Reliability was also assessed for the scores (90 radiographs) according to the original, ordinal anatomic phase scoring system. The percentage of absolute agreement between the readers is 93.6% (κ = 0.92). The intrareader reliability for both readers was excellent with a percentage of absolute agreement of 95.9% (κ = 0.95) for reader 1 and 98.2% (κ = 0.98) for reader 2.
The mean differences with the SD (MΔ ± 1SD) and calculated SDC are shown in table 2. The SDC for the total score over 6 and 12 months was 47.6 and 36.0 units, meaning that a change obtained over 6 months of 50 units or more, and over 12 months of 40 or more on the total score can be interpreted as a real change. The cumulative probability plot in figure 4 shows that a number of IP joints (n = 12) showed significant remodelling over 12 months (change of total score greater than the SDC, in this case ≥36). Similarly, nine IP joints progressed to more erosive disease. Nine joints remained stable. The new scoring system, the Ghent University Scoring System (GUSS), allowed classification of 70.0% of joints as ‘progressors’. In the same way, an absolute change in total score exceeding an SDC of 47.6 between baseline and 6 months in 18 IP finger joints allowed 60% of these joints to be classified as ‘progressors’.
When the categorical anatomical phase scoring system in this IP finger joint cohort was used, 10/30 (33.3%) joints were defined as progressors from baseline to 6 months: six of these showing further features of destruction and four of obvious repair in the selected areas of the joint. With the present scoring system, however, significant disease progression had occurred in 18 (60.0%) IP joints. More erosive disease or remodelling had occurred in 11 (36.7%) and seven (23.3%) of the target joints, respectively.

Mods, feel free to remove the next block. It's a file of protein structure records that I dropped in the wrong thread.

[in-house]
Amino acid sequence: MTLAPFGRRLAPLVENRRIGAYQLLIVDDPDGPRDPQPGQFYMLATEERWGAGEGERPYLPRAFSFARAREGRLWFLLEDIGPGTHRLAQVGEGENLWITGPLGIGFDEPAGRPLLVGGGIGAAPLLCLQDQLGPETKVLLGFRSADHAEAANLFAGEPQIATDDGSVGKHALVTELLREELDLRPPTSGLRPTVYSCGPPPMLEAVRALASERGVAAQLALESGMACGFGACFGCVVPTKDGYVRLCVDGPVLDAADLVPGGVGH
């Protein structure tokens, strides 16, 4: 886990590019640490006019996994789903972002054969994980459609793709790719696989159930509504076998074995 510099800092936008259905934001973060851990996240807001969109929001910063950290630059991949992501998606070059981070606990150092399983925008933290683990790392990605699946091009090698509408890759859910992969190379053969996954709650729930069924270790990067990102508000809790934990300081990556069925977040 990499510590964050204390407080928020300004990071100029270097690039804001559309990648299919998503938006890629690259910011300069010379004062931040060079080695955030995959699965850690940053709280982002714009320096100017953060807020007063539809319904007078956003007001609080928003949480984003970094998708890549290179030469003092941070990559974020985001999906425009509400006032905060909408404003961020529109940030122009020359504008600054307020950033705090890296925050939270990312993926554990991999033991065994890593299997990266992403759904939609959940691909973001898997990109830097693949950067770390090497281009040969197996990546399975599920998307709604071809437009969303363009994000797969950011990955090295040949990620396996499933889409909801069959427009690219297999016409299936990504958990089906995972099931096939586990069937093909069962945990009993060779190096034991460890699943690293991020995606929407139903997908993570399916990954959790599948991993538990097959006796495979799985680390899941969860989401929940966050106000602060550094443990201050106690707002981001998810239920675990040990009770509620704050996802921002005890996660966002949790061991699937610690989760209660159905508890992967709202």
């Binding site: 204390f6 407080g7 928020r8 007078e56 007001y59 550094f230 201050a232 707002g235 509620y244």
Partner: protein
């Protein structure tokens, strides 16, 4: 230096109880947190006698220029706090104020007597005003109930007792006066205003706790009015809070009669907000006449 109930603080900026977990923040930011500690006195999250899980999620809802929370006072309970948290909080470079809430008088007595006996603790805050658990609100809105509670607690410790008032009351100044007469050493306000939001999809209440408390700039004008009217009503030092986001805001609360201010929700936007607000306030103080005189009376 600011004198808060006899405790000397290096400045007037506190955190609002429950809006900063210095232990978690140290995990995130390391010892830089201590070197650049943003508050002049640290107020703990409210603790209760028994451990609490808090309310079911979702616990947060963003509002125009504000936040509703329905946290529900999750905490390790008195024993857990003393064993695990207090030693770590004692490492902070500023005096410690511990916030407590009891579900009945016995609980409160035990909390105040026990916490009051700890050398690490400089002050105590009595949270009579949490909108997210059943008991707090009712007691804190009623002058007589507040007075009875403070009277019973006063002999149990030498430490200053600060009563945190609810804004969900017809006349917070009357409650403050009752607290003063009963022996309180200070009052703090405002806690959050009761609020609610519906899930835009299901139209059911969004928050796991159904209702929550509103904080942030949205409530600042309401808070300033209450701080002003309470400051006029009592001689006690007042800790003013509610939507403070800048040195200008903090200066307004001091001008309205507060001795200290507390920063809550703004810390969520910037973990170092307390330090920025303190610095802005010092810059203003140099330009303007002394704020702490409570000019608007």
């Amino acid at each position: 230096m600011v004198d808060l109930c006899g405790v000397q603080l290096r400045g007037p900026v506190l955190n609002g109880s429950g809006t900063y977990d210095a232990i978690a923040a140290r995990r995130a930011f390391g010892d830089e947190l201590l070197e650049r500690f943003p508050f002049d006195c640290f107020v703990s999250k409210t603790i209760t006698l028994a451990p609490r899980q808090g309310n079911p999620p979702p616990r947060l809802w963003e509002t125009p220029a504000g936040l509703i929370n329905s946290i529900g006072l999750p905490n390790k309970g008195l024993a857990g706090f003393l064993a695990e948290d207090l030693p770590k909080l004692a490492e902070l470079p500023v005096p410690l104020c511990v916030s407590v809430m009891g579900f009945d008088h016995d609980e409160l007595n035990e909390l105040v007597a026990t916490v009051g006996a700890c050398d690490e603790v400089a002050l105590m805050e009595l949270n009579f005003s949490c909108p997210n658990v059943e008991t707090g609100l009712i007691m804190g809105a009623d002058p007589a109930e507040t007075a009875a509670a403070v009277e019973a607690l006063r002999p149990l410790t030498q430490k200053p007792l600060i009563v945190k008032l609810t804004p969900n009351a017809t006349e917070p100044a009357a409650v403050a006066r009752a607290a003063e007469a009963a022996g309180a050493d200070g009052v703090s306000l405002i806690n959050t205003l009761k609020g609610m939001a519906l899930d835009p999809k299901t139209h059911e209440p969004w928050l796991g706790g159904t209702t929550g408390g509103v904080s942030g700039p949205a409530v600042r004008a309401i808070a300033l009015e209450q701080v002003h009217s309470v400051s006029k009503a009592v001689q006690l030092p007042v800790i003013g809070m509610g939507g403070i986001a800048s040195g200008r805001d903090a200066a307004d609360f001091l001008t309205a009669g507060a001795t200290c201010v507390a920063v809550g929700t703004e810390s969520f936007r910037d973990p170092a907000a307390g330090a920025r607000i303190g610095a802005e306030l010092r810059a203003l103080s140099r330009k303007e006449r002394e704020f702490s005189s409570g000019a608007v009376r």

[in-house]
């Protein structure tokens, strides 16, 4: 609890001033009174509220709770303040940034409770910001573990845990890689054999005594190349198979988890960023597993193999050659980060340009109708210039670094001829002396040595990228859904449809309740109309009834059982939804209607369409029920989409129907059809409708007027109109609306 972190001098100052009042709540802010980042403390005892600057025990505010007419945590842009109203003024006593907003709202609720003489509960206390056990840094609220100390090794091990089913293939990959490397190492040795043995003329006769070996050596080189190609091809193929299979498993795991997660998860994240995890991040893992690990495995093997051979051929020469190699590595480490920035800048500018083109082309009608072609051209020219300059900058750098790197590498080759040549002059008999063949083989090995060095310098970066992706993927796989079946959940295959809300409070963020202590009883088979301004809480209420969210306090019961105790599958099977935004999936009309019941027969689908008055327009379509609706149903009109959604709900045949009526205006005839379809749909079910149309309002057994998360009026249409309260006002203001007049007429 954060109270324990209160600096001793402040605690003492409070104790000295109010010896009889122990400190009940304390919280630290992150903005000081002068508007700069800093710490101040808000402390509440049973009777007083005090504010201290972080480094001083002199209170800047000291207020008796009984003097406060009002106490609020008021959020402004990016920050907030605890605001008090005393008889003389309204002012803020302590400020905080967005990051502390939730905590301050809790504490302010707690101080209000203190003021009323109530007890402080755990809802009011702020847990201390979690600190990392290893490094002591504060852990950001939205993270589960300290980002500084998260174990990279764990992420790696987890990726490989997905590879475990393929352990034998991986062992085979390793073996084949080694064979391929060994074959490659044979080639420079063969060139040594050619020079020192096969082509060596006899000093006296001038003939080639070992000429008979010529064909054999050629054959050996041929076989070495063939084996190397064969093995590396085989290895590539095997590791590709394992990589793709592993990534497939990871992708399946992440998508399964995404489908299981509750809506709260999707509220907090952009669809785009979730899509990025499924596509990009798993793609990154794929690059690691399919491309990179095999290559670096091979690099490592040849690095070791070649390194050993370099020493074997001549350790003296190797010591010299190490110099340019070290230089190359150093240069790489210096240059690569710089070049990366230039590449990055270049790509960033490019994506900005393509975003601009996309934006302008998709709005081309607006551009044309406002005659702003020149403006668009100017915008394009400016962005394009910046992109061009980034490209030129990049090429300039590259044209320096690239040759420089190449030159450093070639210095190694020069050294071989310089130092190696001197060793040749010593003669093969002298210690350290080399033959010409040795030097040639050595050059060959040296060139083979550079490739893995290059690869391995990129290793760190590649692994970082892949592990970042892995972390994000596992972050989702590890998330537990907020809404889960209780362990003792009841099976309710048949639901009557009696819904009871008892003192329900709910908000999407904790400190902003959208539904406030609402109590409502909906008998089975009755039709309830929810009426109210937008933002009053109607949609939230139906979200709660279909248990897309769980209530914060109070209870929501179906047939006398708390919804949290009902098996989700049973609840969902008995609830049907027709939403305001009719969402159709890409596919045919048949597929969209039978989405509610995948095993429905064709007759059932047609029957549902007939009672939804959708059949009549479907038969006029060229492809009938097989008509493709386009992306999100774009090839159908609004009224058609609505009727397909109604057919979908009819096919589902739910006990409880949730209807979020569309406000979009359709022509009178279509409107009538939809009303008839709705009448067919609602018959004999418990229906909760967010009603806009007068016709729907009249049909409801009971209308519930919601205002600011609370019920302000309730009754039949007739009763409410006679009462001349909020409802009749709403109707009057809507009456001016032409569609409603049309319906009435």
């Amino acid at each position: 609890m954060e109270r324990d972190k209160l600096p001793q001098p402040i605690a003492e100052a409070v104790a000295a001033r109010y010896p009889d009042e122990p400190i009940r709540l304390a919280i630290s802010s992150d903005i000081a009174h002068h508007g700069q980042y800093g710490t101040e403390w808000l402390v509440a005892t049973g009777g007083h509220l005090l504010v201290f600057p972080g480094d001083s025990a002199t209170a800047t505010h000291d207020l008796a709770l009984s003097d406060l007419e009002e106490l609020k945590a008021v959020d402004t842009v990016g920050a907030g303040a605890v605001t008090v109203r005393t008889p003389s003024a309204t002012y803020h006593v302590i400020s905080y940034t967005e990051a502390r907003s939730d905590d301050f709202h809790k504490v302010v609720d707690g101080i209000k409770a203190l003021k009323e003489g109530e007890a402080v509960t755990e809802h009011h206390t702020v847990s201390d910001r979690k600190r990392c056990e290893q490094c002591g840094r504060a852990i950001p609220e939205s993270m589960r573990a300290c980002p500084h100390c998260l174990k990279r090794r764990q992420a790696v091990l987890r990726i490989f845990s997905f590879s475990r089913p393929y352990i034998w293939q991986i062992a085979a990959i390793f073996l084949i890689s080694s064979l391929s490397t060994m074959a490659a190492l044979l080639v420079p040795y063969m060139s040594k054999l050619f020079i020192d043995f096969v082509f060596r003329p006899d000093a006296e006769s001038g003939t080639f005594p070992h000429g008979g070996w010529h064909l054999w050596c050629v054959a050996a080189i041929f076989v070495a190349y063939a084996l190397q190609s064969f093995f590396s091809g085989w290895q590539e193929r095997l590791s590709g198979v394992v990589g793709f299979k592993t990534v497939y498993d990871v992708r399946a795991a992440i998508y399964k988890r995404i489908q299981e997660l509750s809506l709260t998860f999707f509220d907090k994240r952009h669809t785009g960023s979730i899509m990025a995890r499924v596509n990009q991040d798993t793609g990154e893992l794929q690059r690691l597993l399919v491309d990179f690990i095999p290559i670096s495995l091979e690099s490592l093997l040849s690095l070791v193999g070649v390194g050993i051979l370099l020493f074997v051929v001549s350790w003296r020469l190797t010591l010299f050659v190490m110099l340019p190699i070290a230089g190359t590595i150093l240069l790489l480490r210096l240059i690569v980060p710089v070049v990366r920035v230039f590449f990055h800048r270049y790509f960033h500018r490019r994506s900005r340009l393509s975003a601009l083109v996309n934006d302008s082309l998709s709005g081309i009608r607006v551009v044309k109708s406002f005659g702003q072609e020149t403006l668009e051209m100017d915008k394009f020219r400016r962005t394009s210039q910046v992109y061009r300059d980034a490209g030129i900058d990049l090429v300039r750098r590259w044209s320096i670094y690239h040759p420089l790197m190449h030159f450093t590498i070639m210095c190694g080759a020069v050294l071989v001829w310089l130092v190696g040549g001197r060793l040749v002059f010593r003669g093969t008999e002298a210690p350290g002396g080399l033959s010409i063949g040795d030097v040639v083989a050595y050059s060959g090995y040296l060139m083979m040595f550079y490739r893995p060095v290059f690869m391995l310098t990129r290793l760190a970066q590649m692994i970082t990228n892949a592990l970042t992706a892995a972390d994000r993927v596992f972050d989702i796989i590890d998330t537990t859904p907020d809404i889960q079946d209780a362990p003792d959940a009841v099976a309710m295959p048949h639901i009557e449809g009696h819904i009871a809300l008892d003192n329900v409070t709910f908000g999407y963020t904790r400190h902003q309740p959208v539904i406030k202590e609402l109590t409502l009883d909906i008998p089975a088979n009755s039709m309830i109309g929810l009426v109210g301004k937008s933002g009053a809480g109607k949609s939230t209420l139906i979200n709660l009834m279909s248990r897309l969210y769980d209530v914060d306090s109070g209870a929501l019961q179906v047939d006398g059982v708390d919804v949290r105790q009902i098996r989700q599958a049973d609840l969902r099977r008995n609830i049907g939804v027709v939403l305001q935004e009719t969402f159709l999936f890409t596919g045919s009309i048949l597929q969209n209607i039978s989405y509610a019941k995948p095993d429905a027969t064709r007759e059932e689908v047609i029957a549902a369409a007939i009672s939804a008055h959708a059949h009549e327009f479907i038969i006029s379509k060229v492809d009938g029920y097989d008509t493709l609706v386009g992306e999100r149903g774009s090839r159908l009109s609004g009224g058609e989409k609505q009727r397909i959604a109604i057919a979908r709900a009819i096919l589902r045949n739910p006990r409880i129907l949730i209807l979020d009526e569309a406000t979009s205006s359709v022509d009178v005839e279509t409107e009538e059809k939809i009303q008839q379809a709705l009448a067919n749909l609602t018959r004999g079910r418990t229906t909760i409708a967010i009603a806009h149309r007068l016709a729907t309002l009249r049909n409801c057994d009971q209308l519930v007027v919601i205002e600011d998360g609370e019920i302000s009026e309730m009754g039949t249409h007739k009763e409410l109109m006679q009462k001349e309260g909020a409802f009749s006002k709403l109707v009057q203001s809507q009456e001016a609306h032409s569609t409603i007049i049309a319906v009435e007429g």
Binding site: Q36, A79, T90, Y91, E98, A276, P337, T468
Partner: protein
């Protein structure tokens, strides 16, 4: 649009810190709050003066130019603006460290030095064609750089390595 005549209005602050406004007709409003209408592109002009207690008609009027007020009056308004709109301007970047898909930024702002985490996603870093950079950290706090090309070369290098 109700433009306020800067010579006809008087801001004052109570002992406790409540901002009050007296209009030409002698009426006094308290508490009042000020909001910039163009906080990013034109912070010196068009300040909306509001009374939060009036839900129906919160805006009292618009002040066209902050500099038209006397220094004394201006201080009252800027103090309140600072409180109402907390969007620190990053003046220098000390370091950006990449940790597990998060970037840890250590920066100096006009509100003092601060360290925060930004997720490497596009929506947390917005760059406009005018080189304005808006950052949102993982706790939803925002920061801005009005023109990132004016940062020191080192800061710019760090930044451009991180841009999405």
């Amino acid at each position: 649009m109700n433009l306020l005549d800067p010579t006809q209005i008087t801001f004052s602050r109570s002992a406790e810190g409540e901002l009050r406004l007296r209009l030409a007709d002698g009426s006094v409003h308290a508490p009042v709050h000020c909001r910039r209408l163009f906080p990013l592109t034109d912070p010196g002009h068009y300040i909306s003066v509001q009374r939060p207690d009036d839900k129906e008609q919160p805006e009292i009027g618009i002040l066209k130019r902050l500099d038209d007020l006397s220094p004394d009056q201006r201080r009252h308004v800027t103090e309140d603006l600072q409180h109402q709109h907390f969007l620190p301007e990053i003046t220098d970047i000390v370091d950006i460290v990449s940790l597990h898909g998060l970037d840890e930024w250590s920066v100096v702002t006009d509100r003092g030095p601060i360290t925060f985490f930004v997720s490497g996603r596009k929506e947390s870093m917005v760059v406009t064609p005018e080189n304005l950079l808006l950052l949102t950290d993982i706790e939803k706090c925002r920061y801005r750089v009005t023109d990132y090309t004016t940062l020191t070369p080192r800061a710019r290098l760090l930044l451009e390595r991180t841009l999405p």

Disease progression over 12 months was detected in up to 21 (70.0%) of the 30 target joints. More erosive disease or obvious remodelling occurred in nine and 12 of these 21 IP finger joints. The previous anatomical phase scoring system allowed 17 (56.7%) of these IP joints to be classified as progressors. Eight and nine IP joints, respectively, were recognised as more erosive or showed signs of repair. GUSS detected significantly more progression after 6 months (McNemar test: p = 0.008). Progressive changes over longer periods—that is, 12 months, allowed more IP joints to move to a subsequent anatomical phase, resulting in comparable power of both scoring systems.